I grew up in New York otherwise for the rest of my life, and it was the polar opposite… it could not be more of a different place. I spend a lot of time at my grandparents house in the Dominican Republic, it's a farm in the back, dirt everywhere and that was entertainment, playing in the dirt… the internet is unheard of, even now honestly! Growing up in that sense and being outdoors 24/7, having animals around always was amazing. I feel like it's so hard to forget about that because it was so distinct from moving to New York and being in the city and having trees be a rare occurrence.


Is it nice knowing your family can still listen to your music even though they don't speak english?

Yeah! I got the immediate reaction from a lot of my extended family once I started putting out music in Spanish, having them tell me their favourite song feels so good, it resonates in a different way.


What was your first ever show like?

I went to a performing arts school, so I guess that was my first real experience with performing. I started performing in New York in college but I didn’t really have any of my own original music, so it would be a song I wrote and then seven covers and that would be my show… that I remember blacking out through because I was so nervous! I heard it went well though! I just played all of my real first shows two months ago on tour, I think the first show of tour felt like my real first show ever because it was all my music that I had written in the last two years that I haven’t been able to play before, and I was doing covers by choice not out of necessity. That was easily the best feeling in the world. I was very shocked for at least the first ten minutes, just realising the other people knew the words to my songs, that was mind blowing. Having a band behind me made everything feel so real and concrete, everything that led up to that point was worth it and made sense. It felt so good!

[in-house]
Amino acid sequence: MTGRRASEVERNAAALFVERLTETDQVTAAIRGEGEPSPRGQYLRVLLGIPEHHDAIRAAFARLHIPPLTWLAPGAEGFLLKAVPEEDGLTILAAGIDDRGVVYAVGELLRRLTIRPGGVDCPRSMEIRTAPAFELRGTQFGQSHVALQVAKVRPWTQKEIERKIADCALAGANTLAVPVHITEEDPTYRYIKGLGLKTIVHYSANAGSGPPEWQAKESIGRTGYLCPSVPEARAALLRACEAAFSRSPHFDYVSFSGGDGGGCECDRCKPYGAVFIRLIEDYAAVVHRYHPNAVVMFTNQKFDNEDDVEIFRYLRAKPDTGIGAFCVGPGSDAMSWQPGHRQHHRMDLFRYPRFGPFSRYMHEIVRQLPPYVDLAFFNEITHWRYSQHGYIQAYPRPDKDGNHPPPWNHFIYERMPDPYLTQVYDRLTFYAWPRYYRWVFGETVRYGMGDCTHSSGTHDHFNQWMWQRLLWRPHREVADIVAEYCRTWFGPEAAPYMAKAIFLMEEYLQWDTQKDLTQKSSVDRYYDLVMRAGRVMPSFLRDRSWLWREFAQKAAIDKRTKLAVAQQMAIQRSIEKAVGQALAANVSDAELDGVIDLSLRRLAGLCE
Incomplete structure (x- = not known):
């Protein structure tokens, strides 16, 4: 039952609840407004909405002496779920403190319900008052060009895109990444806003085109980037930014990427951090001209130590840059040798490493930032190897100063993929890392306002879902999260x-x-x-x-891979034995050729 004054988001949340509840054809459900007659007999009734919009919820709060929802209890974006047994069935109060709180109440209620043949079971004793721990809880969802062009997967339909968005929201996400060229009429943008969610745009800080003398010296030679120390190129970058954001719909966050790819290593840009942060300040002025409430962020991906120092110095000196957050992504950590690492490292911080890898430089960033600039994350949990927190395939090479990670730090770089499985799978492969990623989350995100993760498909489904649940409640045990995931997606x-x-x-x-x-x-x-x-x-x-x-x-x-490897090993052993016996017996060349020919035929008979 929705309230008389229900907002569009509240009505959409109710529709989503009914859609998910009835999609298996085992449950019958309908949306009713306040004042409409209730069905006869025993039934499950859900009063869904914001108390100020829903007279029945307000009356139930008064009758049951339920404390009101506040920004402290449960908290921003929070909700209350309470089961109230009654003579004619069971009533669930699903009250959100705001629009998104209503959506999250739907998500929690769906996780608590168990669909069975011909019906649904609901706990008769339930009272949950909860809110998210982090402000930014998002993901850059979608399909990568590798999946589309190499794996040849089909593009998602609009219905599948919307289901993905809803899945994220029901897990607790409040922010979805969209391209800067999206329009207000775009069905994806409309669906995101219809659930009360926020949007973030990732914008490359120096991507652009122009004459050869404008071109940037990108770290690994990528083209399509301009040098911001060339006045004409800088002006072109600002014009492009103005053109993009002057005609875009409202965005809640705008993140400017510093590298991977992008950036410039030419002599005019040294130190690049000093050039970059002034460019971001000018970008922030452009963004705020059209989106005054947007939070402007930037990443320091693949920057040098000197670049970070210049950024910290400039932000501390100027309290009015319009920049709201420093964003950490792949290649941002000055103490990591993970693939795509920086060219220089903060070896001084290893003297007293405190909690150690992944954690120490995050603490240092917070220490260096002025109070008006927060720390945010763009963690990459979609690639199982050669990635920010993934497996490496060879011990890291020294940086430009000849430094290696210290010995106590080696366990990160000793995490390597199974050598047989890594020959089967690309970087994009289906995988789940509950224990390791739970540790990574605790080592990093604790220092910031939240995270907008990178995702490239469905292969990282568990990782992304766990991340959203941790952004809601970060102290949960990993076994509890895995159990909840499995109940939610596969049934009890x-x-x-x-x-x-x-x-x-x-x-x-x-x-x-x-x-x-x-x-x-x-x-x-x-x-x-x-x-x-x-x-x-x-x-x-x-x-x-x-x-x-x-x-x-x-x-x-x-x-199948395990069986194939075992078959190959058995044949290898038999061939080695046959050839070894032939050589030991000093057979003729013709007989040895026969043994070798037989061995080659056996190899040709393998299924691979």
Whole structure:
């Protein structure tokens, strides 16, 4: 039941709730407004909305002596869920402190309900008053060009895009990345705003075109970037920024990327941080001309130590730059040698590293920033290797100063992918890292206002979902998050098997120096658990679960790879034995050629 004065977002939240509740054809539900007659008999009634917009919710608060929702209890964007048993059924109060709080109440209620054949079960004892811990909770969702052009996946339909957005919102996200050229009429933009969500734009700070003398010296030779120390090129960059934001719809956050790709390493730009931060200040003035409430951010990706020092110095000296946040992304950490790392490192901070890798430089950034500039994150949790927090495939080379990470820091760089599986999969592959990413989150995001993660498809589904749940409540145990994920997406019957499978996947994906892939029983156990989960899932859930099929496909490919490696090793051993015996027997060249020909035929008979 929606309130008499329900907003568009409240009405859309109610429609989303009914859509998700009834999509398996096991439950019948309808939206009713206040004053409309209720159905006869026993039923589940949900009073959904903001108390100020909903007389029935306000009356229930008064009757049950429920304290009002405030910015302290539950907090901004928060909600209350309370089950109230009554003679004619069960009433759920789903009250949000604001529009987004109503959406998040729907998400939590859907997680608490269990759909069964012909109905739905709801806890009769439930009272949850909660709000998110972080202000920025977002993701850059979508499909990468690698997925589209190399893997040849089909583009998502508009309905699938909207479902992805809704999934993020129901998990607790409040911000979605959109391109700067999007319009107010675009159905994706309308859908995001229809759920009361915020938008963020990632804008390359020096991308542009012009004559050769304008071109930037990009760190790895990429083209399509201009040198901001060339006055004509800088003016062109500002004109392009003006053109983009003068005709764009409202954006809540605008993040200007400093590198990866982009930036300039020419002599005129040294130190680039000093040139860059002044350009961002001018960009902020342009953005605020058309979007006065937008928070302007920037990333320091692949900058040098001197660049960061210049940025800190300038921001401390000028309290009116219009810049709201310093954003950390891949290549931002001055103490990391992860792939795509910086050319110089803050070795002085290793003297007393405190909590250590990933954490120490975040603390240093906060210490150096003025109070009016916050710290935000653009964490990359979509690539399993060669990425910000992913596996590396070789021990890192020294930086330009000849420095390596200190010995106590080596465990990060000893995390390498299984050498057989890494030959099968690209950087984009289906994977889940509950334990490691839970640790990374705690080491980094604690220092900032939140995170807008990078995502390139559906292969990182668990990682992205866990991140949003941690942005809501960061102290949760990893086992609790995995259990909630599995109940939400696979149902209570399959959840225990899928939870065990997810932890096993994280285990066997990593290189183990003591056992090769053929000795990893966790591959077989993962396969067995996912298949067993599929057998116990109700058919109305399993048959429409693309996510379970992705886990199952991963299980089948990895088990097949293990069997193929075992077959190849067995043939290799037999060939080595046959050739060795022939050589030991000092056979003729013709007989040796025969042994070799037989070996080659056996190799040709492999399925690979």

And your last show was Day N Vegas?

Yes! That was insane, I remember peeking out to the crowd before my set and there were a good amount of people, I thought I had it under control… then when I finally went out there were so many more people, I stopped singing through the first song… I was like how did this happen? How did I get here? That was my first real festival experience performing. There were a lot of people I had seen on tour that I recognised in the first few rows, so it was cool to know they made the effort to see me again. It means the world.



What is one thing you have carried all the way through your career?

First and foremost, trying to stay true to myself and what I want to say in my story. Having big ambitions and wanting to do well and continue down this road, but I also want to make sure that along the way I recognise myself and always feel like myself on and off stage. I think that’s the number one thing I’ve done, checking in at all the different stages of what I’m doing to make sure I still feel good about everything.


How do you go about making sure you stay true to yourself?

I think it is just self reflection, it is easy to just get carried away with things. I think it's also about who you have around you too. I have the same people around me as when I started a year and a half ago, and my family has been there along the way too. I think having that solid group of people around me makes it easier.